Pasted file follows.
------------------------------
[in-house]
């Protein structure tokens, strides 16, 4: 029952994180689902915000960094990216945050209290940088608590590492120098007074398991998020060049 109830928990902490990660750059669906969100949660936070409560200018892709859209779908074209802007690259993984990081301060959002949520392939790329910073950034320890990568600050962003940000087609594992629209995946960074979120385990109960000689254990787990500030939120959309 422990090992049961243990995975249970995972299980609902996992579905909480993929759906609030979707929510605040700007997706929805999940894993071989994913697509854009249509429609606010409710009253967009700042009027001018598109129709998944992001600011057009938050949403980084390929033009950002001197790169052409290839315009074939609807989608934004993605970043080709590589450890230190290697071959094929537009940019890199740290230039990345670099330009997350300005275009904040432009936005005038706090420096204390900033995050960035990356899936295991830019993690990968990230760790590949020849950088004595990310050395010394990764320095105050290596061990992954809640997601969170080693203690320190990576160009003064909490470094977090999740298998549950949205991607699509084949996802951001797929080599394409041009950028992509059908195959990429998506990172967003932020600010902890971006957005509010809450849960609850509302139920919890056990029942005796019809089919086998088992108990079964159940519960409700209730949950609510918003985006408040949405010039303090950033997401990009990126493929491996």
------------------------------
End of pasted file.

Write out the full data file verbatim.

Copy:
[in-house]
């Protein structure tokens, strides 16, 4: 029952994180689902915000960094990216945050209290940088608590590492120098007074398991998020060049 109830928990902490990660750059669906969100949660936070409560200018892709859209779908074209802007690259993984990081301060959002949520392939790329910073950034320890990568600050962003940000087609594992629209995946960074979120385990109960000689254990787990500030939120959309 422990090992049961243990995975249970995972299980609902996992579905909480993929759906609030979707929510605040700007997706929805999940894993071989994913697509854009249509429609606010409710009253967009700042009027001018598109129709998944992001600011057009938050949403980084390929033009950002001197790169052409290839315009074939609807989608934004993605970043080709590589450890230190290697071959094929537009940019890199740290230039990345670099330009997350300005275009904040432009936005005038706090420096204390900033995050960035990356899936295991830019993690990968990230760790590949020849950088004595990310050395010394990764320095105050290596061990992954809640997601969170080693203690320190990576160009003064909490470094977090999740298998549950949205991607699509084949996802951001797929080599394409041009950028992509059908195959990429998506990172967003932020600010902890971006957005509010809450849960609850509302139920919890056990029942005796019809089919086998088992108990079964159940519960409700209730949950609510918003985006408040949405010039303090950033997401990009990126493929491996």